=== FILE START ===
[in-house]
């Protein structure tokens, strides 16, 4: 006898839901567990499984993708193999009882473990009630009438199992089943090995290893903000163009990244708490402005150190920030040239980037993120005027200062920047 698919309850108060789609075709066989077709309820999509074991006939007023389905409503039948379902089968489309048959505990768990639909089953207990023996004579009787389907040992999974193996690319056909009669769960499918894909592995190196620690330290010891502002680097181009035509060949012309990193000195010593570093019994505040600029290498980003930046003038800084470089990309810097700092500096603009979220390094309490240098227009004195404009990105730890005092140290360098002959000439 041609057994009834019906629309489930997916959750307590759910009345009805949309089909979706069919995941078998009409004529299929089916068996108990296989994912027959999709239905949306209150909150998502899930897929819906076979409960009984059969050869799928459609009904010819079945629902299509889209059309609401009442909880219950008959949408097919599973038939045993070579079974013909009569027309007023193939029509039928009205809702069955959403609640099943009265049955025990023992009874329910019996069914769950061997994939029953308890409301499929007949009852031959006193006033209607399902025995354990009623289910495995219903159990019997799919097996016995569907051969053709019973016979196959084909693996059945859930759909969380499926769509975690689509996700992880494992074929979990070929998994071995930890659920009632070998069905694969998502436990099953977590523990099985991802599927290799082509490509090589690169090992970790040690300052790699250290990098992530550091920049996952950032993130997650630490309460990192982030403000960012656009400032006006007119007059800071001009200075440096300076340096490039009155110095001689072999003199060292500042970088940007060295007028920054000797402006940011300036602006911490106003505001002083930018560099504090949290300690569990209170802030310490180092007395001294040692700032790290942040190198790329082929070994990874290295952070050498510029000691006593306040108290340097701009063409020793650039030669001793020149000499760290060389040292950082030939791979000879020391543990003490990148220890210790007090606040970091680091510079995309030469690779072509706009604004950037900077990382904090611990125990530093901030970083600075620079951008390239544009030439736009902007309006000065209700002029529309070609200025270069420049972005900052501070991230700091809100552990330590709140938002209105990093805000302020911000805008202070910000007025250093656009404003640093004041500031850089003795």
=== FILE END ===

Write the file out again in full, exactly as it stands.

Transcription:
[in-house]
């Protein structure tokens, strides 16, 4: 006898839901567990499984993708193999009882473990009630009438199992089943090995290893903000163009990244708490402005150190920030040239980037993120005027200062920047 698919309850108060789609075709066989077709309820999509074991006939007023389905409503039948379902089968489309048959505990768990639909089953207990023996004579009787389907040992999974193996690319056909009669769960499918894909592995190196620690330290010891502002680097181009035509060949012309990193000195010593570093019994505040600029290498980003930046003038800084470089990309810097700092500096603009979220390094309490240098227009004195404009990105730890005092140290360098002959000439 041609057994009834019906629309489930997916959750307590759910009345009805949309089909979706069919995941078998009409004529299929089916068996108990296989994912027959999709239905949306209150909150998502899930897929819906076979409960009984059969050869799928459609009904010819079945629902299509889209059309609401009442909880219950008959949408097919599973038939045993070579079974013909009569027309007023193939029509039928009205809702069955959403609640099943009265049955025990023992009874329910019996069914769950061997994939029953308890409301499929007949009852031959006193006033209607399902025995354990009623289910495995219903159990019997799919097996016995569907051969053709019973016979196959084909693996059945859930759909969380499926769509975690689509996700992880494992074929979990070929998994071995930890659920009632070998069905694969998502436990099953977590523990099985991802599927290799082509490509090589690169090992970790040690300052790699250290990098992530550091920049996952950032993130997650630490309460990192982030403000960012656009400032006006007119007059800071001009200075440096300076340096490039009155110095001689072999003199060292500042970088940007060295007028920054000797402006940011300036602006911490106003505001002083930018560099504090949290300690569990209170802030310490180092007395001294040692700032790290942040190198790329082929070994990874290295952070050498510029000691006593306040108290340097701009063409020793650039030669001793020149000499760290060389040292950082030939791979000879020391543990003490990148220890210790007090606040970091680091510079995309030469690779072509706009604004950037900077990382904090611990125990530093901030970083600075620079951008390239544009030439736009902007309006000065209700002029529309070609200025270069420049972005900052501070991230700091809100552990330590709140938002209105990093805000302020911000805008202070910000007025250093656009404003640093004041500031850089003795």